Growing up as a teenager in the mountainous and lush landscape of The Black Forest, Berlin-based musician Hainbach would listen to English disc jockey John Peel on the radio, who he described as “a lifeline,” and dream of the day when he could find a music scene where he would belong.
Now, he’s a successful electronic composer and performer with fans around the world, a YouTube channel where he talks about esoteric music equipment, and a Patreon page where he’s connecting with his listeners.
“There are so many tools available that you can find the people who appreciate what you are doing,” he shared with us when we met with him at his home studio. “Patreon is one of those.” In fact, he believes tapping into platforms like Patreon, which allows you to engage with a community of like-minded people who support your work, is paramount.
“If I were to describe Patreon to someone else I would say it’s one of the best things for artists to support themselves. It enables you to focus more on what you want to do versus what you think you ought to do.”
Hainbach has organized meetups for his patrons and loves how passionate they are about music and giving feedback about their shared “weird interest”. By building a close-knit creative community who are all interested in the same sub-genre of explorative electronic music and unusual instruments, Hainbach has finally found that connection he so longed for as a teenager back in the Black Forest. Now he’s able to create full-time and not worry about living paycheck to paycheck, something he refers to as a “calming experience.”
Finding a like-minded community is just one of the reasons he loves sharing his music and his process online. He started making videos about his unusual instruments, which include esoteric synthesizers like the Folktek omnichord, as a way to force himself into improvisation and practice.
At first, his camera was the audience and later a way to document all of the many different instruments, sounds, and tracks he was creating. The videos began to attract attention and when he found the endless questions from his fanbase were going unanswered, he realized the educational potential for this new medium. That’s when Hainbach started offering explainers and holding workshops.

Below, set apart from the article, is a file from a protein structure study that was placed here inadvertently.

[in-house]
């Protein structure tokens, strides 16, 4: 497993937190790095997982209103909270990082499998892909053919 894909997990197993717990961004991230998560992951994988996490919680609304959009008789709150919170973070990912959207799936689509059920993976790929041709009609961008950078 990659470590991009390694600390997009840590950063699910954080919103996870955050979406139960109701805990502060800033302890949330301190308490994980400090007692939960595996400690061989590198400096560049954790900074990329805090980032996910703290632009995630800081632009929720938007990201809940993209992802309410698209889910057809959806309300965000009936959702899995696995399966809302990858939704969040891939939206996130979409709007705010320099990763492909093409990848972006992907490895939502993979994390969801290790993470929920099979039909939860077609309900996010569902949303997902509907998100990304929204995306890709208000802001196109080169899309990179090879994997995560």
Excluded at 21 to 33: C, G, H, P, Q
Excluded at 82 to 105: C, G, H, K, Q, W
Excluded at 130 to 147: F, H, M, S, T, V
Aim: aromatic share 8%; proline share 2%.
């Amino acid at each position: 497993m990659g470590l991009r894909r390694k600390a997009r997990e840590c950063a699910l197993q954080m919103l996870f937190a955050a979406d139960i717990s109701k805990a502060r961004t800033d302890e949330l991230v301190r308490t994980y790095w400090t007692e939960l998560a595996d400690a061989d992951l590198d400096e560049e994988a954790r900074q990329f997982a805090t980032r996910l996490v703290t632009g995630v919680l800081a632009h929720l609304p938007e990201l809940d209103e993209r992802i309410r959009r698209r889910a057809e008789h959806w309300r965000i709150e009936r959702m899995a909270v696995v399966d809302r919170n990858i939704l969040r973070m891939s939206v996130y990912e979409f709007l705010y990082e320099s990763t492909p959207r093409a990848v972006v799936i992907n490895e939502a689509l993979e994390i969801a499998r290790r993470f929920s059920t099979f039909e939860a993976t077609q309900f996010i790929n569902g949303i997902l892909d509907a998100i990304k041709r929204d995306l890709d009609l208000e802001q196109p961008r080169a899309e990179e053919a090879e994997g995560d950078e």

First and foremost, Hainbach is a creator. However, the educational component of his videos naturally complements his enthusiasm and curiosity for experimental music-making.
“I'm definitely more of an artist but I like to share and show what's actually happening and basically make a broader understanding of everything I do,” he says.
Hainbach isn’t likely to hold organized classes but does like to share the technicalities of his work, which includes experimenting with destruction loops where a cassette tape is purposefully destroyed with a range of different tools and methods, creating sounds of decay and magnetic distortion.
“These destruction loops, that is something that I'm now doing as a workshop. It's a technique I've developed and refined and am still refining. Through that technique I can show tape editing, making tape loops, working with tape machines, and also talk about the content.”
Hainbachs’ musical exploration is ongoing and unending and stretches to not only the music and sounds he creates but the instruments on which he makes them. Shunning the modern obsession with acquiring the latest gadget, which he terms “the new shiny,” he instead works with a sort of junkyard orchestra. “My old test equipment is all just reclaimed, repurposed stuff that would have been thrown away,” he says.
In fact, he shares that using older technology helps him to think creatively and become a better musician, one more willing to take risks.
“Music is math, but you can do some weird math, and you can have things running that are not in time, but they're in a feeling. You can think about all these different ways to make music,” he says. His engaged Patreon community also fuels his creativity and allows him to keep pushing the envelope. “It feels like these people want to support me and see the best things that I can do, and they're in it for that ride, and not for me to keep rehashing the same things.”
The reliable income derived from his patrons allows him a certain freedom to play and continue experimenting all the time.
There’s a German phrase Hainbach uses to describe his experience with Patreon. He shared with us that it means the exact point where it hurts, like it’s almost an itch to scratch and when pressure is applied, relief is felt.
“Being an independent artist has enabled me to follow my own projects without prompt. I can do beautiful crazy stuff and find my own Schmerzpunkt.”